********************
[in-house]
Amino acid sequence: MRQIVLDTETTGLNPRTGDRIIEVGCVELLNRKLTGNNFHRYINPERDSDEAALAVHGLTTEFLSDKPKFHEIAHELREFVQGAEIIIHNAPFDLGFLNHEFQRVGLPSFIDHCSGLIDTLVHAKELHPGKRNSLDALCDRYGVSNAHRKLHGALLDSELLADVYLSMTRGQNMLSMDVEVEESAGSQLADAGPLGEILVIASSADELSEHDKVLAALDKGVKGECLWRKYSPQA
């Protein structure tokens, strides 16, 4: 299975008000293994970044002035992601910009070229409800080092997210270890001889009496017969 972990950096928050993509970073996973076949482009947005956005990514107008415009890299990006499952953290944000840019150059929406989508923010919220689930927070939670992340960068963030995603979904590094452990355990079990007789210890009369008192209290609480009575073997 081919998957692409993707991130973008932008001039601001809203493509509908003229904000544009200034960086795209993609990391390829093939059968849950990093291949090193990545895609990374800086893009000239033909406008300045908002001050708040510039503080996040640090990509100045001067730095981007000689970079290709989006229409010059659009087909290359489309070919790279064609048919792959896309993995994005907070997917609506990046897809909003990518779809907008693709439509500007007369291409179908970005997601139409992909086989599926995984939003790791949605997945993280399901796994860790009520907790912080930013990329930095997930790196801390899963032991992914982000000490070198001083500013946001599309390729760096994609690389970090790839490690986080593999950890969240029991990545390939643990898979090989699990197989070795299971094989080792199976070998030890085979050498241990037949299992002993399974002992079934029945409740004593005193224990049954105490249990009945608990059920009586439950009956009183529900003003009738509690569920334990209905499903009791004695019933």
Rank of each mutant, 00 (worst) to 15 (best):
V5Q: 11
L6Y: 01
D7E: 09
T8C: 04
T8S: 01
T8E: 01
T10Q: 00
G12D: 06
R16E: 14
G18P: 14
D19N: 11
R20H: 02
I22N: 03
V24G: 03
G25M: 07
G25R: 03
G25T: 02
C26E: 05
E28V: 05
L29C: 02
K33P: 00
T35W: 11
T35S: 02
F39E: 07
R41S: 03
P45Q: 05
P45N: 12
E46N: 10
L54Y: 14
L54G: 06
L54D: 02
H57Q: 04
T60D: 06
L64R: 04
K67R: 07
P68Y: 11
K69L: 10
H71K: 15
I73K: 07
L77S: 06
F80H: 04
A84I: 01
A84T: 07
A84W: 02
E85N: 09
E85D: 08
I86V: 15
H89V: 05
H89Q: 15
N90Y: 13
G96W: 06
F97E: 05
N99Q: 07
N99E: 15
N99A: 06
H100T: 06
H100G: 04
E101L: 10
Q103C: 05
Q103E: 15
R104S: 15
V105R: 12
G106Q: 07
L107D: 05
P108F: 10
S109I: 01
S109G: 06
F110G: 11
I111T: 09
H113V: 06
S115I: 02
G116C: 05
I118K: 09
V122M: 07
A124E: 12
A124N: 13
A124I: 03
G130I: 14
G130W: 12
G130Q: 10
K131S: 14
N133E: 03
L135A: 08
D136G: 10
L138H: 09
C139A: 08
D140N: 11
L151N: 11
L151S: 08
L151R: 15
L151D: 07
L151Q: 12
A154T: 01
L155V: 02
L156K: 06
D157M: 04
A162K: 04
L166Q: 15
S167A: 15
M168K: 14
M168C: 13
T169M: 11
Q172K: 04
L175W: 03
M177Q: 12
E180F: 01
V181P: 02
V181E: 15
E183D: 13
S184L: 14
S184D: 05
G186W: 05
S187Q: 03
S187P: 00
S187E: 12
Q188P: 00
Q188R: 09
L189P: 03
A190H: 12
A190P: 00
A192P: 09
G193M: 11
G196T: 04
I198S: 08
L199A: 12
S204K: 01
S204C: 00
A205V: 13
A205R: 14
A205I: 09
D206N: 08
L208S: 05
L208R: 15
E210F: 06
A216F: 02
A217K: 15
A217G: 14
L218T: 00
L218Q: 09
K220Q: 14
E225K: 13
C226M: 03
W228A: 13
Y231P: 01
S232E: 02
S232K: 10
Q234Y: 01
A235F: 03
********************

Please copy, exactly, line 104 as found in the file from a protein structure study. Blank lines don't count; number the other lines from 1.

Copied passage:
M168K: 14